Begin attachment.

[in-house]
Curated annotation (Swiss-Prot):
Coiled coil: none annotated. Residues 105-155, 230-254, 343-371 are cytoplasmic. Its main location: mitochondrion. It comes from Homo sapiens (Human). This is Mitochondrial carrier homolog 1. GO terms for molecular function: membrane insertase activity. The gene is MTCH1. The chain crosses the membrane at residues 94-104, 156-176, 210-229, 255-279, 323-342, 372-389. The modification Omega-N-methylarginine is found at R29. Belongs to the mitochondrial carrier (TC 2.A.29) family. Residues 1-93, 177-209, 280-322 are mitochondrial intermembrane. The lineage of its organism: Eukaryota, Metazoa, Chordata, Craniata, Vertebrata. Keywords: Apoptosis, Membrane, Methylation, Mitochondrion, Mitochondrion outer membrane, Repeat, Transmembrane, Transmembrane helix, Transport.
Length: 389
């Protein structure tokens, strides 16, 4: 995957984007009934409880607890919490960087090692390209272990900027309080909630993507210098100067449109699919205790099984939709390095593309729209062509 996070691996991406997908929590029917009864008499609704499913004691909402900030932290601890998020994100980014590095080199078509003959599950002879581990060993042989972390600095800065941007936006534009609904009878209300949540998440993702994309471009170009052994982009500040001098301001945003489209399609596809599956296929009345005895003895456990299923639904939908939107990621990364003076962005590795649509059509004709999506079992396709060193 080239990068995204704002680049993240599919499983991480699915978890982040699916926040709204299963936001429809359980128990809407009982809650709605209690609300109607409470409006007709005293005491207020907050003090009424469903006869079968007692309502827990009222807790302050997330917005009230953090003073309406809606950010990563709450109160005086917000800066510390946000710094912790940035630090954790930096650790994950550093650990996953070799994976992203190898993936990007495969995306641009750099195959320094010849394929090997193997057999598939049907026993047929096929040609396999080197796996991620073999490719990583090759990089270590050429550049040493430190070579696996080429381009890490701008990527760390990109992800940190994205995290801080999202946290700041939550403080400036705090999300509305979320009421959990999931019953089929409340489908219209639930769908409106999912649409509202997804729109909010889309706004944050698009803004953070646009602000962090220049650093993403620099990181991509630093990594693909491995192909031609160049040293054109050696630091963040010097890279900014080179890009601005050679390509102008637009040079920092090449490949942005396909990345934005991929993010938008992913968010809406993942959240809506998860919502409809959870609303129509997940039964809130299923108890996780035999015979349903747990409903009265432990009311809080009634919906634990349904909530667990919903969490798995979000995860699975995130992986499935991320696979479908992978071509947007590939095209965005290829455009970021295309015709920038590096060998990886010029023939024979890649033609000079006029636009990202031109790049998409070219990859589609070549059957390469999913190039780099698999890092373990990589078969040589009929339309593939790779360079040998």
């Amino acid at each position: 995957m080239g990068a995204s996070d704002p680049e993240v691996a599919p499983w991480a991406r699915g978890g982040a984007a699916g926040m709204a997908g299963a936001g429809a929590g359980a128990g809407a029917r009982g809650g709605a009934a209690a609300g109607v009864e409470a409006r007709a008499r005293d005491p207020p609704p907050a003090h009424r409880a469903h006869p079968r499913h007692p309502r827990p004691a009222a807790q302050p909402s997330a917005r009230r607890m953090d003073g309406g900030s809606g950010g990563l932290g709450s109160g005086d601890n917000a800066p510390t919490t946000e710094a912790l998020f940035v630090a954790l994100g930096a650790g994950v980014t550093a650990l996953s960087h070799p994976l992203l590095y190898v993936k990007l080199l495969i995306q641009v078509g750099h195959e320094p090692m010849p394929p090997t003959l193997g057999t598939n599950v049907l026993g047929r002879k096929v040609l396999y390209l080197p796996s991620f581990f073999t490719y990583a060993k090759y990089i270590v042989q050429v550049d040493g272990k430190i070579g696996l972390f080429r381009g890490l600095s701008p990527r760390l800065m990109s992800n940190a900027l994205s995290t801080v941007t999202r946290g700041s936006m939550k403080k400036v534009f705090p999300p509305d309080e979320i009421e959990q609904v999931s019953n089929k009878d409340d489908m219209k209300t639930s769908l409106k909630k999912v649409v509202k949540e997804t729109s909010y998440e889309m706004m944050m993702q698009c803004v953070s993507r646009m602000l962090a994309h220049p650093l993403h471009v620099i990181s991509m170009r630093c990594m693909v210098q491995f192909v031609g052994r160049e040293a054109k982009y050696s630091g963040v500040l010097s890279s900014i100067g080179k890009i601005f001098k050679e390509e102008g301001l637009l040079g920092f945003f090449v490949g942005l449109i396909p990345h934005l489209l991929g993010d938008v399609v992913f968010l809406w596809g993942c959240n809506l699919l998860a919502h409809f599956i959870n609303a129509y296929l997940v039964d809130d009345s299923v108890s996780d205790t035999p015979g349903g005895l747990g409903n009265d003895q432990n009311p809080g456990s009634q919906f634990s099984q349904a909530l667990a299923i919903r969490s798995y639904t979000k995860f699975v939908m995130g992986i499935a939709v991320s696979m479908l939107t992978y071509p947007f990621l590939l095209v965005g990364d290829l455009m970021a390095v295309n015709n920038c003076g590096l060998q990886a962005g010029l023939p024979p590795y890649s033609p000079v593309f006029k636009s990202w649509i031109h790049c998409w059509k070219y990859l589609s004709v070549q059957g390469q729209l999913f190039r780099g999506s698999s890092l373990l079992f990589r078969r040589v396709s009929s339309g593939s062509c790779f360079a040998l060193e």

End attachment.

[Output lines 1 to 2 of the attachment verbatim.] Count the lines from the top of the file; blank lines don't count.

[in-house]
Curated annotation (Swiss-Prot):